Local units of government through the site plan review process should be made aware of the locations for possible contamination and the measures planned by the operator to reduce the risks associated with those materials. This can be done as part of the site plan review process for potential point sources of contamination, such as industrial uses involving chemicals or hazardous materials. Each site plan should contain a stormwater management plan that details the impact of proposed land use on water quantity and quality, both on-site and within the Watershed. This may be implemented by adding a requirement for site plans for submission of information regarding potential hazardous materials, and measures to be taken to protect drainage ways, water bodies, or other areas from accidental spills.

Another provision which can be made part of the site plan review process, as well as for discretionary zoning approvals, such as planned unit developments and special land uses, is a requirement for monitoring wells for specific land uses with potential to affect groundwater resources. Monitoring wells have long been required for certain uses, such as landfills. Increasingly, communities are requiring them for other uses, such as golf courses, sand and gravel mining operations, higher density residential developments in identified groundwater vulnerability areas, and others.

Provided on the following pages are specific site plan review standards for groundwater protection published by The Michigan Department of Environmental Quality. These standards could be incorporated into a communities zoning ordinance, with additional standards as determined necessary depending on the type of development a community is experiencing, problems experienced in the past, etc.

Site plan review standards allow land use commissioners to review plans for compliance with general planning guidelines to protect groundwater, while the detailed engineering is best left to trained professionals.

On-Site Community Treatment Systems

The expense involved in resolving groundwater issues for a single site makes some solutions financially difficult. One area-wide solution intended for limited use is a package treatment system which serves smaller areas. Although a single, small development project may not be able to afford the installation and operation of a compact treatment system, several combined projects may join forces to implement an effective waste treatment system.

A number of management and financial issues would obviously need to be resolved before such a system was implemented. Administering the system will likely be the responsibility of individual property owners formed into an association or authority. Questions of who will pay for the initial acquisition and installation of the system as well as maintenance responsibilities will need to be addressed. Issues of liabilities and other legal problems must also be examined. Generally, engineering expertise will be needed to conduct routine repairs and inspections, and replace system components when needed.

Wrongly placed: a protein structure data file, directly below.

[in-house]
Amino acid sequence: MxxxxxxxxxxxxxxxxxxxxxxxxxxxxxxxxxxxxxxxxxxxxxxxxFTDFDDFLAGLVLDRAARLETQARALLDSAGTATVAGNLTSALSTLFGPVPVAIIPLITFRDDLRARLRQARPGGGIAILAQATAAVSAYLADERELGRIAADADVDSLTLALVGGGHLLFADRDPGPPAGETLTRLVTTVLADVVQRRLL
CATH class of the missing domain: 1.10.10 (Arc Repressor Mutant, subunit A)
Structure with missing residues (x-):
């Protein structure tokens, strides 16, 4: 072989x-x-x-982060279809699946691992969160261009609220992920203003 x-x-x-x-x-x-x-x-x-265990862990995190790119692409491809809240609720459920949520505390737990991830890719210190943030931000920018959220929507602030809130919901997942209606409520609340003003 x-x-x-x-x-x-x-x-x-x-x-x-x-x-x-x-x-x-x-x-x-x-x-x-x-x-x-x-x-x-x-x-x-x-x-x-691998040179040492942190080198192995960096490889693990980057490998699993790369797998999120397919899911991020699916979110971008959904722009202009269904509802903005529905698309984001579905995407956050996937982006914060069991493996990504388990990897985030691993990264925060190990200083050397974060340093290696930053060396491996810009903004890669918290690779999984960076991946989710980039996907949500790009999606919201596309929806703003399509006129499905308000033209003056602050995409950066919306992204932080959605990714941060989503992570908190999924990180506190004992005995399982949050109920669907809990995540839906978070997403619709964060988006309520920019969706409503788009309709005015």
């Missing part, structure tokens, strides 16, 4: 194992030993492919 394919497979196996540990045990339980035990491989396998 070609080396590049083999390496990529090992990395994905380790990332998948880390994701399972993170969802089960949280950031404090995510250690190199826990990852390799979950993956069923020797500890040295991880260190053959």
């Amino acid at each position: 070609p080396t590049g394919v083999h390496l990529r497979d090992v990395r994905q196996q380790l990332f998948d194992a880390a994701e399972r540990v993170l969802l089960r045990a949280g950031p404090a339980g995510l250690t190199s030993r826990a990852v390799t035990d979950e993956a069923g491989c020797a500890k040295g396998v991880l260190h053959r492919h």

To encourage these systems, zoning ordinances may offer density increases for developments utilizing community systems, where public systems are not, and will not be available. The bonus should be reasonable, but may be significantly higher than those bonuses often offered for open space or recreational amenities. These developments will, for the most part, take place within an open space (cluster) development.

Wellhead Protection

The purpose of wellhead protection programs is to protect public water supplies taken from groundwater from potential sources of contamination. Protection is provided by identifying the area supplying groundwater to the community's wells, identifying potential sources of contamination within that area, and developing methods to cooperatively manage the area and minimize the potential threat to groundwater.

Wellhead protection programs must address seven elements:

- Establishment of roles and duties for communities and property owners within the wellhead protection area.
- A description of the wellhead protection area.
- Identification of potential sources of contamination within the wellhead protection area.
- Procedures to manage the protection area and minimize threats to the water supplies.
- Plans for water supply emergencies.
- Procedures for the development of new well sites.
- Public participation methods.

A wellhead protection area is defined as the surface and subsurface area surrounding a water well or well field, supplying a public water system, through which contaminants are reasonably likely to move toward and reach such water well or well field. In Michigan, the area for any potential threat is based upon a ground water time-of-travel (TOT) of 10 years.

Zoning and land use measures to protect wellhead areas are generally similar to those that protect open spaces, including purchase of lands, conservation easements, and other similar measures. Grants are available from the Michigan Department of Environmental Quality to assist communities in developing wellhead protection programs and legislation.